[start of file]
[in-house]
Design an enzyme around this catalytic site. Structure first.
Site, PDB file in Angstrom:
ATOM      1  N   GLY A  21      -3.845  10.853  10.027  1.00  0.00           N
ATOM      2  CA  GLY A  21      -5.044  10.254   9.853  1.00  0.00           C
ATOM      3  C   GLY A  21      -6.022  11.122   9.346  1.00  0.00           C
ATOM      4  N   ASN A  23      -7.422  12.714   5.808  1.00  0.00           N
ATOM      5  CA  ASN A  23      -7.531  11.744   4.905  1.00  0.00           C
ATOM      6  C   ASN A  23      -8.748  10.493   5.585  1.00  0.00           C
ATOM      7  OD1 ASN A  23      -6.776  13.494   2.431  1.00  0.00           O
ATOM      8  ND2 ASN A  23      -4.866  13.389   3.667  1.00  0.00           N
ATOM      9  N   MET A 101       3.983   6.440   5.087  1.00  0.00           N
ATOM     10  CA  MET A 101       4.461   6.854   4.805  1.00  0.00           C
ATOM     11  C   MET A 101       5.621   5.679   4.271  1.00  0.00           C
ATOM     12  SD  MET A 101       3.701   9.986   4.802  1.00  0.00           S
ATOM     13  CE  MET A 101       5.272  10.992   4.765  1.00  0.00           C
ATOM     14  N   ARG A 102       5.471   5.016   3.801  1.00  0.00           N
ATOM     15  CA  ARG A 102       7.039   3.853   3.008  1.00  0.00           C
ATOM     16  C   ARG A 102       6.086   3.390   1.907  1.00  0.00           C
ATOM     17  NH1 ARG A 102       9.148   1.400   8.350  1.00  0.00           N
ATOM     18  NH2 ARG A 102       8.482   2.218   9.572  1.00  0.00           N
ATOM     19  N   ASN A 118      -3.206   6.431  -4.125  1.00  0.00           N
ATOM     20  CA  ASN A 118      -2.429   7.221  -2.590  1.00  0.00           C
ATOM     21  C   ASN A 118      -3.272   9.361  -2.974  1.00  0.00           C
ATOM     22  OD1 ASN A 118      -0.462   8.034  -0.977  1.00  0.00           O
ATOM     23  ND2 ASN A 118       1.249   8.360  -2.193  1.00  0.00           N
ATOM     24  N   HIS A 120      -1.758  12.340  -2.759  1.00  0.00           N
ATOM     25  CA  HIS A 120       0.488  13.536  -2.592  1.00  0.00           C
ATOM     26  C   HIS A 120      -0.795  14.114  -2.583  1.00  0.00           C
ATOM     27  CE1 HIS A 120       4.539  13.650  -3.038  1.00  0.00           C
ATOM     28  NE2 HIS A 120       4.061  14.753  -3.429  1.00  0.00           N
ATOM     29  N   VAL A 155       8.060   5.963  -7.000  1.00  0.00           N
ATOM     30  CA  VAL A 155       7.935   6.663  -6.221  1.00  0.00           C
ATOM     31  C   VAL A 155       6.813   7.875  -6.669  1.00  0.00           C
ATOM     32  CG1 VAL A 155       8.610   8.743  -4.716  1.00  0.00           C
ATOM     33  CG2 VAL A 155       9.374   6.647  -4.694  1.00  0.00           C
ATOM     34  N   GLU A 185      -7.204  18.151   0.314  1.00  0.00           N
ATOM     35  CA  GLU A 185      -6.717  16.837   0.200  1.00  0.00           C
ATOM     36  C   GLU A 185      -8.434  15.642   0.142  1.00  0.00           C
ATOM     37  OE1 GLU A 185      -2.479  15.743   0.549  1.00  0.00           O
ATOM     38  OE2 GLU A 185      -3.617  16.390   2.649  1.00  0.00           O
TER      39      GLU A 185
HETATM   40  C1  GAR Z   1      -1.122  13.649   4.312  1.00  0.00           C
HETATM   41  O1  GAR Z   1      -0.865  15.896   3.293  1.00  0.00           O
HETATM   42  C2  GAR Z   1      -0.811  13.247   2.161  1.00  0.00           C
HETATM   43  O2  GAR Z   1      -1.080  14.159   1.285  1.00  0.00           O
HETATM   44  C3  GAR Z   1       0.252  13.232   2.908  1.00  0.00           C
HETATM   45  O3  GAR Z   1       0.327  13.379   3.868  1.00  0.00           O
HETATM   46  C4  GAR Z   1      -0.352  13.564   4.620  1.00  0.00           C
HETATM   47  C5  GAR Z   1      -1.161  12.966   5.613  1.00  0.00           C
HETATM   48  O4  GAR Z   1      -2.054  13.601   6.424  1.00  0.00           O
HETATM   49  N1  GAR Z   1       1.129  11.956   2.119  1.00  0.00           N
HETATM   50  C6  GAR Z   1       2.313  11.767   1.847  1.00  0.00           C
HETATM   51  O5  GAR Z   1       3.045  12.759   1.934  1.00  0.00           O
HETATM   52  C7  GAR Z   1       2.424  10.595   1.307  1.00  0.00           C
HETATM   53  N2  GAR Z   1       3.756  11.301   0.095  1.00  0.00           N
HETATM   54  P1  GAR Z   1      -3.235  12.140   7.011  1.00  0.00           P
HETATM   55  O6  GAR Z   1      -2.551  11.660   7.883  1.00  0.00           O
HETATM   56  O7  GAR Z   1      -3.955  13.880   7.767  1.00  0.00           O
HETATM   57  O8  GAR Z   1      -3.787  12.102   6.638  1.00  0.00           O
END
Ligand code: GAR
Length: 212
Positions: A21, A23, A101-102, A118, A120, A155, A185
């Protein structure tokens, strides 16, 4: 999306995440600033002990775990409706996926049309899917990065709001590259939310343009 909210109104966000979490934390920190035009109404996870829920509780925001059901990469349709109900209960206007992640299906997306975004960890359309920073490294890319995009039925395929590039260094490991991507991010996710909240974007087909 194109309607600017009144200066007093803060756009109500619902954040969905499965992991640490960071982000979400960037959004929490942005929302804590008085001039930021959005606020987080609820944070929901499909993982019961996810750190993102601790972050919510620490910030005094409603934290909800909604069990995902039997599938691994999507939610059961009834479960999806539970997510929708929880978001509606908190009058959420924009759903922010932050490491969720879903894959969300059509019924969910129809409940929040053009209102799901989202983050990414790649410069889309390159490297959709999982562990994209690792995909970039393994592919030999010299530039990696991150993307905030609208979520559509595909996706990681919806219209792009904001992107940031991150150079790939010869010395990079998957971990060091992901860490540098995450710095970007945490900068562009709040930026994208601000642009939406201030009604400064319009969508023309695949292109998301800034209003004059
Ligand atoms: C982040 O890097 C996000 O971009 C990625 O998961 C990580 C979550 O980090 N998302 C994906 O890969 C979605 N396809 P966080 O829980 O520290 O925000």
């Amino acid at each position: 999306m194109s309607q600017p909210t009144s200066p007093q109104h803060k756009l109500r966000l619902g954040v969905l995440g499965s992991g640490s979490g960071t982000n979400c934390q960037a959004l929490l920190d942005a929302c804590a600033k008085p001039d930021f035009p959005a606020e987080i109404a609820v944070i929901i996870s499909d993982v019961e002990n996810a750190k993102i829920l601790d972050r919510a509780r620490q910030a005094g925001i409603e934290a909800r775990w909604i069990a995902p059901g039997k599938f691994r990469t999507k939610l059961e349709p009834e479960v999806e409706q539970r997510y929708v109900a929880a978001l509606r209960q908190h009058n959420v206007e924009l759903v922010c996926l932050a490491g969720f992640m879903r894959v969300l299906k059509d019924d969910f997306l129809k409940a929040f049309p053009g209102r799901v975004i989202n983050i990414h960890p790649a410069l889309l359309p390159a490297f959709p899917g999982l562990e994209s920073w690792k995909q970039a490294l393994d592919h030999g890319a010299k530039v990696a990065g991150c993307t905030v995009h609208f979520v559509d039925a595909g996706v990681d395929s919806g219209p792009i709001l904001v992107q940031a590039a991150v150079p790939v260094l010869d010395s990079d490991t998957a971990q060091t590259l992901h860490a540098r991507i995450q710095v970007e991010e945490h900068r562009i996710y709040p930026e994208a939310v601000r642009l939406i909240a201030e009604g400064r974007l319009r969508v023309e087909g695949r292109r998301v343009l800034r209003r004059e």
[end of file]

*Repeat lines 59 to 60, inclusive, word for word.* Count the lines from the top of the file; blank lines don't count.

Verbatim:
HETATM   56  O7  GAR Z   1      -3.955  13.880   7.767  1.00  0.00           O
HETATM   57  O8  GAR Z   1      -3.787  12.102   6.638  1.00  0.00           O